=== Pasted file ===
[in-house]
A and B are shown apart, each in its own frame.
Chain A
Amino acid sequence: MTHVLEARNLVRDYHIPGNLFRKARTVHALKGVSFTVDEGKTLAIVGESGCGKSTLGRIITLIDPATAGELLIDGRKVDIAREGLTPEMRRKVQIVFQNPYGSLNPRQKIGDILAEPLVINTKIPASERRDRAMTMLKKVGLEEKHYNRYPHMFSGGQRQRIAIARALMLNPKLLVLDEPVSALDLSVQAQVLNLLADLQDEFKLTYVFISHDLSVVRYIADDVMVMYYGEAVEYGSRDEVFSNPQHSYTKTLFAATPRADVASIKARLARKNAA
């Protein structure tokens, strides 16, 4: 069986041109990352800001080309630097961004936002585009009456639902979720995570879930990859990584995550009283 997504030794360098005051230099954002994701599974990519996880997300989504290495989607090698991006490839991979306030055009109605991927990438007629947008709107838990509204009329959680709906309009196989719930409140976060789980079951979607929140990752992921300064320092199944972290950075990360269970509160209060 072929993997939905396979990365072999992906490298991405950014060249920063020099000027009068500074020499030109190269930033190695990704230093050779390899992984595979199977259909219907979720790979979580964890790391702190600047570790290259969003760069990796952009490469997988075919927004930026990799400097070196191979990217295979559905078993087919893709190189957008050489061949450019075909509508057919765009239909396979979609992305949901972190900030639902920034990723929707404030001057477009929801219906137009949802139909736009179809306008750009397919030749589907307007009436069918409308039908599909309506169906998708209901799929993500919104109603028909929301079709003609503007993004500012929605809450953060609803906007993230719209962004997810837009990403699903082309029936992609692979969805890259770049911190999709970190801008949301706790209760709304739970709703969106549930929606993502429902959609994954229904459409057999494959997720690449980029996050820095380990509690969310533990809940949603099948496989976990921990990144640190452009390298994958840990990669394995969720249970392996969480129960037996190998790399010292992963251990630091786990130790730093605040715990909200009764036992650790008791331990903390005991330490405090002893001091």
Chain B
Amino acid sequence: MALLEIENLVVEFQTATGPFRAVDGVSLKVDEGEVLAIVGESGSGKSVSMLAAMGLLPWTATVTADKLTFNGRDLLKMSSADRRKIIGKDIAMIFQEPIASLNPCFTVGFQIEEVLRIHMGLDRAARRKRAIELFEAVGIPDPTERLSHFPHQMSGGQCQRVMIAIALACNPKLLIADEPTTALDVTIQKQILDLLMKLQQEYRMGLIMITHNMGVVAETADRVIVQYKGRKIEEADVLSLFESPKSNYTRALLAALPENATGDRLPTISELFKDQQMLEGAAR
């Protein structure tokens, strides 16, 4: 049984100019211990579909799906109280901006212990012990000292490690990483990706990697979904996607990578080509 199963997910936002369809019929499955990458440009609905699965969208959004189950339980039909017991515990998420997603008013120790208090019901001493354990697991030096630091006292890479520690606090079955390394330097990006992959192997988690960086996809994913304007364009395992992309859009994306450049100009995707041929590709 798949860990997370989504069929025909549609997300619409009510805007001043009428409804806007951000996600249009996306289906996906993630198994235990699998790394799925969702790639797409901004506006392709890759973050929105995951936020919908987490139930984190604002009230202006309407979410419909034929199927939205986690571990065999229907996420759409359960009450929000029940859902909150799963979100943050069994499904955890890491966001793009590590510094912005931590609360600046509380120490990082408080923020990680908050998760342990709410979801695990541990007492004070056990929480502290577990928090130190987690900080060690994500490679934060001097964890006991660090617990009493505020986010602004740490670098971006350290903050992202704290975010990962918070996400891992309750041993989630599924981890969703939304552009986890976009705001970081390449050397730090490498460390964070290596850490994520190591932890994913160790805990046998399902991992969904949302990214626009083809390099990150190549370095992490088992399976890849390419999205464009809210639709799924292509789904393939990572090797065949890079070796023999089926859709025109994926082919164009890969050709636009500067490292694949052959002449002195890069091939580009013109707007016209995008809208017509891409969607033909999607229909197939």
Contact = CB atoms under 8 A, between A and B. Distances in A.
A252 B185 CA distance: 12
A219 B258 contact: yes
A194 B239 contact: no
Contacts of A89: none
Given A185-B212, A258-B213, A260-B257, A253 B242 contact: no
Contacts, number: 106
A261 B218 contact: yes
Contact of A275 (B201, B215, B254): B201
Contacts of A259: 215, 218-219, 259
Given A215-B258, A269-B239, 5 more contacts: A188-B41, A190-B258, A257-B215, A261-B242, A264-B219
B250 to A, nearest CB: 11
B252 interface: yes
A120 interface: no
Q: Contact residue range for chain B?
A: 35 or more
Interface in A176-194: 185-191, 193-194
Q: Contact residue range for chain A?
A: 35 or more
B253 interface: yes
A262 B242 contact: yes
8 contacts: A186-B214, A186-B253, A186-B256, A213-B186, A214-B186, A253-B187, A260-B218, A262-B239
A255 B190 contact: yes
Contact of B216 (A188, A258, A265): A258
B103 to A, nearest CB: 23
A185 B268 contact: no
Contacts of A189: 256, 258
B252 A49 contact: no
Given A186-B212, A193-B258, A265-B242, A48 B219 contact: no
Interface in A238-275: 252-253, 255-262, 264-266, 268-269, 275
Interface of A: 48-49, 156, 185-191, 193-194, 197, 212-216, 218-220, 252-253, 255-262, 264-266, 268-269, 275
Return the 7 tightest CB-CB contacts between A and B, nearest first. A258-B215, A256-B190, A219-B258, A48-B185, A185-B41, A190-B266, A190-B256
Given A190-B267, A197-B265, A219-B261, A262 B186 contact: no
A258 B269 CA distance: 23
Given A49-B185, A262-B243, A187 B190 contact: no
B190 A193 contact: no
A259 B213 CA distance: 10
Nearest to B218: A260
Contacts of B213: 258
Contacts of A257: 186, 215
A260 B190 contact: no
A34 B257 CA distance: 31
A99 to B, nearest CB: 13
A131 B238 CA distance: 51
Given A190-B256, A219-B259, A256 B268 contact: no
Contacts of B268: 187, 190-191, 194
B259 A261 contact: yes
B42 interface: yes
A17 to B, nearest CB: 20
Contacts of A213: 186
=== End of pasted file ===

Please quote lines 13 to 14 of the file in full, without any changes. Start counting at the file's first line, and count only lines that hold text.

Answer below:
Contacts of A89: none
Given A185-B212, A258-B213, A260-B257, A253 B242 contact: no